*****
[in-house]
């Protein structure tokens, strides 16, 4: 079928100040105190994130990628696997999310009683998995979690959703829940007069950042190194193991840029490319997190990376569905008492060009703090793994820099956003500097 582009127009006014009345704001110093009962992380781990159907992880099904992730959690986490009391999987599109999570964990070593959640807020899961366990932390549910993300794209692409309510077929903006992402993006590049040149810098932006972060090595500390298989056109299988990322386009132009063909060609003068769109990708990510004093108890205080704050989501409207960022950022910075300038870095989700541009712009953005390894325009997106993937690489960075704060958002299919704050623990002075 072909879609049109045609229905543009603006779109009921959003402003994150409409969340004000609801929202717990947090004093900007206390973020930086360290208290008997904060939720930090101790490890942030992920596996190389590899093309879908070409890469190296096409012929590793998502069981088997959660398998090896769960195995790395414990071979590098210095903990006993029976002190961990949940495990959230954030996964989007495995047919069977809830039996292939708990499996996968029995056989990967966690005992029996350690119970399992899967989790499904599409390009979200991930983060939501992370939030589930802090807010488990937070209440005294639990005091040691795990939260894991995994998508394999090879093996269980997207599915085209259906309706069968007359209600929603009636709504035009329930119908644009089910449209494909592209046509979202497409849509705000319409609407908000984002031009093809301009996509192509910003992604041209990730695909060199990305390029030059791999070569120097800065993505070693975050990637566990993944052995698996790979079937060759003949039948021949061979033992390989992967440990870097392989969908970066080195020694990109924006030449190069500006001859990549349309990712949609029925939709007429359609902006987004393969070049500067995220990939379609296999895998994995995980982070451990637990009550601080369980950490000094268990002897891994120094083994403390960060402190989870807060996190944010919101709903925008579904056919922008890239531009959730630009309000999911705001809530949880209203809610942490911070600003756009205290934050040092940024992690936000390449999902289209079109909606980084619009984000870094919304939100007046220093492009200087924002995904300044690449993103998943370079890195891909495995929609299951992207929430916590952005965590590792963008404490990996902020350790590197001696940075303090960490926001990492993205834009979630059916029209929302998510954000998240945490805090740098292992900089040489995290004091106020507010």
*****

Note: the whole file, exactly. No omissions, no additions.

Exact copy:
[in-house]
């Protein structure tokens, strides 16, 4: 079928100040105190994130990628696997999310009683998995979690959703829940007069950042190194193991840029490319997190990376569905008492060009703090793994820099956003500097 582009127009006014009345704001110093009962992380781990159907992880099904992730959690986490009391999987599109999570964990070593959640807020899961366990932390549910993300794209692409309510077929903006992402993006590049040149810098932006972060090595500390298989056109299988990322386009132009063909060609003068769109990708990510004093108890205080704050989501409207960022950022910075300038870095989700541009712009953005390894325009997106993937690489960075704060958002299919704050623990002075 072909879609049109045609229905543009603006779109009921959003402003994150409409969340004000609801929202717990947090004093900007206390973020930086360290208290008997904060939720930090101790490890942030992920596996190389590899093309879908070409890469190296096409012929590793998502069981088997959660398998090896769960195995790395414990071979590098210095903990006993029976002190961990949940495990959230954030996964989007495995047919069977809830039996292939708990499996996968029995056989990967966690005992029996350690119970399992899967989790499904599409390009979200991930983060939501992370939030589930802090807010488990937070209440005294639990005091040691795990939260894991995994998508394999090879093996269980997207599915085209259906309706069968007359209600929603009636709504035009329930119908644009089910449209494909592209046509979202497409849509705000319409609407908000984002031009093809301009996509192509910003992604041209990730695909060199990305390029030059791999070569120097800065993505070693975050990637566990993944052995698996790979079937060759003949039948021949061979033992390989992967440990870097392989969908970066080195020694990109924006030449190069500006001859990549349309990712949609029925939709007429359609902006987004393969070049500067995220990939379609296999895998994995995980982070451990637990009550601080369980950490000094268990002897891994120094083994403390960060402190989870807060996190944010919101709903925008579904056919922008890239531009959730630009309000999911705001809530949880209203809610942490911070600003756009205290934050040092940024992690936000390449999902289209079109909606980084619009984000870094919304939100007046220093492009200087924002995904300044690449993103998943370079890195891909495995929609299951992207929430916590952005965590590792963008404490990996902020350790590197001696940075303090960490926001990492993205834009979630059916029209929302998510954000998240945490805090740098292992900089040489995290004091106020507010």